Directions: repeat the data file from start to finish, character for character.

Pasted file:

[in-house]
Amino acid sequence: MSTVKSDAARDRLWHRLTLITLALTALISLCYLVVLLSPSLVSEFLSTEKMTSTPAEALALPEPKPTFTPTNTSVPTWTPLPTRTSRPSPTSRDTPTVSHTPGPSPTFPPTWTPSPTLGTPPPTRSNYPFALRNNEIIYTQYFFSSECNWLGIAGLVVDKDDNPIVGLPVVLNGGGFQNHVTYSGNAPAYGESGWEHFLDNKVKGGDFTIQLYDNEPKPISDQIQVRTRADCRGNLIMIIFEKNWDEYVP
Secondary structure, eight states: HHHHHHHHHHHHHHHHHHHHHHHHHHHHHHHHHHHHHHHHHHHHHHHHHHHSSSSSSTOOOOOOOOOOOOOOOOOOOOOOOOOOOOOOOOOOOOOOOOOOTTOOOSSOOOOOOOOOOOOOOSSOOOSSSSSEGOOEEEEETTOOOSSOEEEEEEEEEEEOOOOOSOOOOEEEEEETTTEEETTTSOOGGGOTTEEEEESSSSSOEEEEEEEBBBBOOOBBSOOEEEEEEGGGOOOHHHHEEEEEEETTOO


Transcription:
[in-house]
Amino acid sequence: MSTVKSDAARDRLWHRLTLITLALTALISLCYLVVLLSPSLVSEFLSTEKMTSTPAEALALPEPKPTFTPTNTSVPTWTPLPTRTSRPSPTSRDTPTVSHTPGPSPTFPPTWTPSPTLGTPPPTRSNYPFALRNNEIIYTQYFFSSECNWLGIAGLVVDKDDNPIVGLPVVLNGGGFQNHVTYSGNAPAYGESGWEHFLDNKVKGGDFTIQLYDNEPKPISDQIQVRTRADCRGNLIMIIFEKNWDEYVP
Secondary structure, eight states: HHHHHHHHHHHHHHHHHHHHHHHHHHHHHHHHHHHHHHHHHHHHHHHHHHHSSSSSSTOOOOOOOOOOOOOOOOOOOOOOOOOOOOOOOOOOOOOOOOOOTTOOOSSOOOOOOOOOOOOOOSSOOOSSSSSEGOOEEEEETTOOOSSOEEEEEEEEEEEOOOOOSOOOOEEEEEETTTEEETTTSOOGGGOTTEEEEESSSSSOEEEEEEEBBBBOOOBBSOOEEEEEEGGGOOOHHHHEEEEEEETTOO